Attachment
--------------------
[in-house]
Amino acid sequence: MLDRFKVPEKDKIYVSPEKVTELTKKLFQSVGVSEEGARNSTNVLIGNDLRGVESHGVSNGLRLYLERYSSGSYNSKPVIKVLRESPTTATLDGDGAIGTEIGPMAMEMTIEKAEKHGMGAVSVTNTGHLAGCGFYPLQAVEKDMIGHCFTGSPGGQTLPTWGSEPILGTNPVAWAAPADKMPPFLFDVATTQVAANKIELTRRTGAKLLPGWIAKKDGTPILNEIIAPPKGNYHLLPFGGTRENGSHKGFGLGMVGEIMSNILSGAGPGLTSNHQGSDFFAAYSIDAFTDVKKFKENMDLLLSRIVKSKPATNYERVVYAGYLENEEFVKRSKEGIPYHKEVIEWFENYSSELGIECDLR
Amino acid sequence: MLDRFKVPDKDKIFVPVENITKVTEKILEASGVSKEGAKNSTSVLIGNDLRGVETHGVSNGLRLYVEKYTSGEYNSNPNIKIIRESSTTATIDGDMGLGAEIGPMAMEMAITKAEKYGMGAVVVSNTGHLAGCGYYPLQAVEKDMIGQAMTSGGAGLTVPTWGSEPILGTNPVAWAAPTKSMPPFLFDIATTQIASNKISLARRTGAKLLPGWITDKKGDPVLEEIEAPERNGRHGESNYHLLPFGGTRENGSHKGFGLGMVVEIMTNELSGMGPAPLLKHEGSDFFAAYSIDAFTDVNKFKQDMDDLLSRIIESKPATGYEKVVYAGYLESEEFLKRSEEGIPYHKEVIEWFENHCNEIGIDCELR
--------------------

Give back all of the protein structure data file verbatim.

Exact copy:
[in-house]
Amino acid sequence: MLDRFKVPEKDKIYVSPEKVTELTKKLFQSVGVSEEGARNSTNVLIGNDLRGVESHGVSNGLRLYLERYSSGSYNSKPVIKVLRESPTTATLDGDGAIGTEIGPMAMEMTIEKAEKHGMGAVSVTNTGHLAGCGFYPLQAVEKDMIGHCFTGSPGGQTLPTWGSEPILGTNPVAWAAPADKMPPFLFDVATTQVAANKIELTRRTGAKLLPGWIAKKDGTPILNEIIAPPKGNYHLLPFGGTRENGSHKGFGLGMVGEIMSNILSGAGPGLTSNHQGSDFFAAYSIDAFTDVKKFKENMDLLLSRIVKSKPATNYERVVYAGYLENEEFVKRSKEGIPYHKEVIEWFENYSSELGIECDLR
Amino acid sequence: MLDRFKVPDKDKIFVPVENITKVTEKILEASGVSKEGAKNSTSVLIGNDLRGVETHGVSNGLRLYVEKYTSGEYNSNPNIKIIRESSTTATIDGDMGLGAEIGPMAMEMAITKAEKYGMGAVVVSNTGHLAGCGYYPLQAVEKDMIGQAMTSGGAGLTVPTWGSEPILGTNPVAWAAPTKSMPPFLFDIATTQIASNKISLARRTGAKLLPGWITDKKGDPVLEEIEAPERNGRHGESNYHLLPFGGTRENGSHKGFGLGMVVEIMTNELSGMGPAPLLKHEGSDFFAAYSIDAFTDVNKFKQDMDDLLSRIIESKPATGYEKVVYAGYLESEEFLKRSEEGIPYHKEVIEWFENHCNEIGIDCELR